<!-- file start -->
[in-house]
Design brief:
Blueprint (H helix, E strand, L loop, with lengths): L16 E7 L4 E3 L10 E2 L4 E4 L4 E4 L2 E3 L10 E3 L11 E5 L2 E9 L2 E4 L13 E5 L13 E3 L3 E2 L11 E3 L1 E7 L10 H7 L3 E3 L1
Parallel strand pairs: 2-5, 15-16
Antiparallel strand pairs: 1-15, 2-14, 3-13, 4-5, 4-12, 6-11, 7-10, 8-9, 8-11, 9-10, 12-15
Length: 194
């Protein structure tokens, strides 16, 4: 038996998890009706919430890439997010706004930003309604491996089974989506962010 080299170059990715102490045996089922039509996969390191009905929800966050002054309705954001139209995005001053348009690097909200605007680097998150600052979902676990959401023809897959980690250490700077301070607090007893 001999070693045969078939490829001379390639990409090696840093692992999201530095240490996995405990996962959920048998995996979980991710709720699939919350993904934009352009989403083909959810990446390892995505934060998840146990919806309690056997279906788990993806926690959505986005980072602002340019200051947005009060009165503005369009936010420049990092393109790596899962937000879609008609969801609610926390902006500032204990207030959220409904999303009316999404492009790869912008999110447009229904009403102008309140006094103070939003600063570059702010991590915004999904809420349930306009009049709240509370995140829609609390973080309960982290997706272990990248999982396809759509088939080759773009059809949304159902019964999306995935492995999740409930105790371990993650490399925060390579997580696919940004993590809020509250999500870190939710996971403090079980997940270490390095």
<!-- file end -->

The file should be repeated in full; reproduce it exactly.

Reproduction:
[in-house]
Design brief:
Blueprint (H helix, E strand, L loop, with lengths): L16 E7 L4 E3 L10 E2 L4 E4 L4 E4 L2 E3 L10 E3 L11 E5 L2 E9 L2 E4 L13 E5 L13 E3 L3 E2 L11 E3 L1 E7 L10 H7 L3 E3 L1
Parallel strand pairs: 2-5, 15-16
Antiparallel strand pairs: 1-15, 2-14, 3-13, 4-5, 4-12, 6-11, 7-10, 8-9, 8-11, 9-10, 12-15
Length: 194
């Protein structure tokens, strides 16, 4: 038996998890009706919430890439997010706004930003309604491996089974989506962010 080299170059990715102490045996089922039509996969390191009905929800966050002054309705954001139209995005001053348009690097909200605007680097998150600052979902676990959401023809897959980690250490700077301070607090007893 001999070693045969078939490829001379390639990409090696840093692992999201530095240490996995405990996962959920048998995996979980991710709720699939919350993904934009352009989403083909959810990446390892995505934060998840146990919806309690056997279906788990993806926690959505986005980072602002340019200051947005009060009165503005369009936010420049990092393109790596899962937000879609008609969801609610926390902006500032204990207030959220409904999303009316999404492009790869912008999110447009229904009403102008309140006094103070939003600063570059702010991590915004999904809420349930306009009049709240509370995140829609609390973080309960982290997706272990990248999982396809759509088939080759773009059809949304159902019964999306995935492995999740409930105790371990993650490399925060390579997580696919940004993590809020509250999500870190939710996971403090079980997940270490390095």